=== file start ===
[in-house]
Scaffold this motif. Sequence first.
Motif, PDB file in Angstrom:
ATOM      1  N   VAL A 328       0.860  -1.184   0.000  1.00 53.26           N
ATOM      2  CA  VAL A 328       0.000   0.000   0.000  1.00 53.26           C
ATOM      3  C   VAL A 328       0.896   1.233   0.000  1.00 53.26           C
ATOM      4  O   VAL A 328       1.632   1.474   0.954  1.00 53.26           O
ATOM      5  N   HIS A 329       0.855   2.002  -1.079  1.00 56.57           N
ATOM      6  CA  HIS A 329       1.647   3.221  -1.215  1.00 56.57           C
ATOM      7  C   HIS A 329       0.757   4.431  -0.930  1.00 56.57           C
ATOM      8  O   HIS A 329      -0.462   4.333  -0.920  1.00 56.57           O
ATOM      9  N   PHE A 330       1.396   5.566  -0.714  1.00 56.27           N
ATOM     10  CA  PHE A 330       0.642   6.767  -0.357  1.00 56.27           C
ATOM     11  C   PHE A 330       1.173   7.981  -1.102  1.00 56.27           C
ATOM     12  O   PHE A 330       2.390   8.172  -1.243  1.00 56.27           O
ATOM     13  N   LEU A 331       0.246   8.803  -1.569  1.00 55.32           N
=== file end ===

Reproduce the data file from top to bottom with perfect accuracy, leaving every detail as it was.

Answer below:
[in-house]
Scaffold this motif. Sequence first.
Motif, PDB file in Angstrom:
ATOM      1  N   VAL A 328       0.860  -1.184   0.000  1.00 53.26           N
ATOM      2  CA  VAL A 328       0.000   0.000   0.000  1.00 53.26           C
ATOM      3  C   VAL A 328       0.896   1.233   0.000  1.00 53.26           C
ATOM      4  O   VAL A 328       1.632   1.474   0.954  1.00 53.26           O
ATOM      5  N   HIS A 329       0.855   2.002  -1.079  1.00 56.57           N
ATOM      6  CA  HIS A 329       1.647   3.221  -1.215  1.00 56.57           C
ATOM      7  C   HIS A 329       0.757   4.431  -0.930  1.00 56.57           C
ATOM      8  O   HIS A 329      -0.462   4.333  -0.920  1.00 56.57           O
ATOM      9  N   PHE A 330       1.396   5.566  -0.714  1.00 56.27           N
ATOM     10  CA  PHE A 330       0.642   6.767  -0.357  1.00 56.27           C
ATOM     11  C   PHE A 330       1.173   7.981  -1.102  1.00 56.27           C
ATOM     12  O   PHE A 330       2.390   8.172  -1.243  1.00 56.27           O
ATOM     13  N   LEU A 331       0.246   8.803  -1.569  1.00 55.32           N